This is harmful to island nations such as Samoa and the Philippines, because many people there depend on the coral reef ecosystems to feed their families and to make a living. However, many fishermen are unable to catch as many fish as they used to, so they are using cyanide and dynamite in fishing, which further degrades the coral reef ecosystem; this perpetuation of bad habits leads to the further decline of coral reefs and therefore perpetuates the problem. One way of stopping this cycle is by educating the local community about why the conservation of marine spaces that include coral reefs is important. Increasing human populations have resulted in increased human impact on ecosystems. Human activities has resulted in an increased extinction rate of species which has caused a major decrease in biological diversity of plants and animals in our environment; these impacts include increased pressure from fisheries including reef degradation and overfishing as well as pressure from the tourism industry which has increased over the past few years.
The deterioration of coral reefs is linked to human activities – 88% of reefs are threatened through various reasons as listed above, including excessive amounts of CO2 emissions. Oceans absorb 1/3 of the CO2 produced by humans, which has detrimental effects on the marine environment; the increasing levels of CO2 in oceans change the seawater chemistry by decreasing the pH, known as ocean acidification. Oil spills impact marine environments, contributing to marine pollution as a result of human activity; the effects of oil on marine fish have been studied following major spills in the United States. Strategies and techniques for marine conservation tend to combine theoretical disciplines, such as population biology, with practical conservation strategies, such as setting up protected areas, as with marine protected areas or Voluntary Marine Conservation Areas; these protected areas may be established for a variety of reasons and aim to limit the impact of human activity. These protected areas operate differently which includes ares that have seasonal closures and/or permanent closures as well as multiple levels of zoning that allow people to carryout different activities in separate areas.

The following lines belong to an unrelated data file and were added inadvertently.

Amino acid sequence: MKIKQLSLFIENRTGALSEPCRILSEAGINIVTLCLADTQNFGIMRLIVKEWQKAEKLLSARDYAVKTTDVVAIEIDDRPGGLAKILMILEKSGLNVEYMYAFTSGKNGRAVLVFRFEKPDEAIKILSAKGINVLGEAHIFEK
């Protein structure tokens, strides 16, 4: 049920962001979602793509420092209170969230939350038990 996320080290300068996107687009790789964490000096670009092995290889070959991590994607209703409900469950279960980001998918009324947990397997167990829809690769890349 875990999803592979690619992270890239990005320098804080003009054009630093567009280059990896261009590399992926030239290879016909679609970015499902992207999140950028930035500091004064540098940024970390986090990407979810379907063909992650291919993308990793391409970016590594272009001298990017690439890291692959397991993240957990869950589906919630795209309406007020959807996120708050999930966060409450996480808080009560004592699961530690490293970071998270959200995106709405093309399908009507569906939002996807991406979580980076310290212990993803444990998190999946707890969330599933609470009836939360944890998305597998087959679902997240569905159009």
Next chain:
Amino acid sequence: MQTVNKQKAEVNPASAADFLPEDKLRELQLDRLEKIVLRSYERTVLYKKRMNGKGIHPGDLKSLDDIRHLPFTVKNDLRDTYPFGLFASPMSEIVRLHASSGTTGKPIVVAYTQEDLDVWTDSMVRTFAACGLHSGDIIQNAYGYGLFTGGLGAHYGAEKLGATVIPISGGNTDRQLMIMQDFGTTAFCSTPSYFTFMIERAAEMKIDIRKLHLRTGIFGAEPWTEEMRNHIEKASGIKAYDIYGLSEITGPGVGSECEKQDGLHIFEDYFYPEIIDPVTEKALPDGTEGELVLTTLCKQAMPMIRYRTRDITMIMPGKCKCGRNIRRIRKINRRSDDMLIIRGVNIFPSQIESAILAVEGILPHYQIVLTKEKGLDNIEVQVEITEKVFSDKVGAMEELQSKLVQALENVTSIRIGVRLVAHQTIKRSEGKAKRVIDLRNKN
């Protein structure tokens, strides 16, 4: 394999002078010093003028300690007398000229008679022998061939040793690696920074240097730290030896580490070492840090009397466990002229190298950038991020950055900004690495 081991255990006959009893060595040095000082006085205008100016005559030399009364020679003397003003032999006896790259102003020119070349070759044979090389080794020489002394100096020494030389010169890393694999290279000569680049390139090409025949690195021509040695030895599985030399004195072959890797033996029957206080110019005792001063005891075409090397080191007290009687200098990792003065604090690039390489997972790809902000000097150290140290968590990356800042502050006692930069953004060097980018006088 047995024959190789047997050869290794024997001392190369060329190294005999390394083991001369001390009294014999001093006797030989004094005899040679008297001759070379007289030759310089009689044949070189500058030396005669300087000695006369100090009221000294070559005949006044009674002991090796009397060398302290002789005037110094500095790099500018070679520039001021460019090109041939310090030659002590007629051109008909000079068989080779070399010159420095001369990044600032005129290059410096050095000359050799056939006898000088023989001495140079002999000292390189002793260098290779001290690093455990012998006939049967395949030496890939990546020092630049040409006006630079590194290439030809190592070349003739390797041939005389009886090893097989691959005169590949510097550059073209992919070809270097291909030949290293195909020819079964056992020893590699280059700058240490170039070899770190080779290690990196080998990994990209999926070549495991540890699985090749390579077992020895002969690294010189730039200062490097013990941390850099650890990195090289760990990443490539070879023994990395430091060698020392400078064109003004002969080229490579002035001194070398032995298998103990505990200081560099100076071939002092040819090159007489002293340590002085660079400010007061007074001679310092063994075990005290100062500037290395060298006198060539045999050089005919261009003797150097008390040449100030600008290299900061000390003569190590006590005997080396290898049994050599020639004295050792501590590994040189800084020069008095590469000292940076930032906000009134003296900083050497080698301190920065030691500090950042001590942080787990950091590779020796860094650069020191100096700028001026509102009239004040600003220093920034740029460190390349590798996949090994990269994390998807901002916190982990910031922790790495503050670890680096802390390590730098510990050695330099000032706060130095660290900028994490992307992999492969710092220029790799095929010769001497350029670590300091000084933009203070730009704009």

Other techniques include developing sustainable fisheries and restoring the populations of endangered species through artificial means. Another focus of conservationists is on curtailing human activities that are detrimental to either marine ecosystems or species through policy, techniques such as fishing quotas, like those set up by the Northwest Atlantic Fisheries Organization, or laws such as those listed below. Recognizing the economics involved in human use of marine ecosystems is key, as is education of the public about conservation issues; this includes educating tourists that come to an area who might not be familiar with certain regulations regarding the marine habitat. One example of this is a project called Green Fins based in Southeast Asia that uses the scuba diving industry to educate the public; this project, implemented by UNEP, encourages scuba diving operators to educate their students about the importance of marine conservation and encourage them to dive in an environmentally friendly manner that does not damage coral reefs or associated marine ecosystems.
Marine conservation technologies are used to protec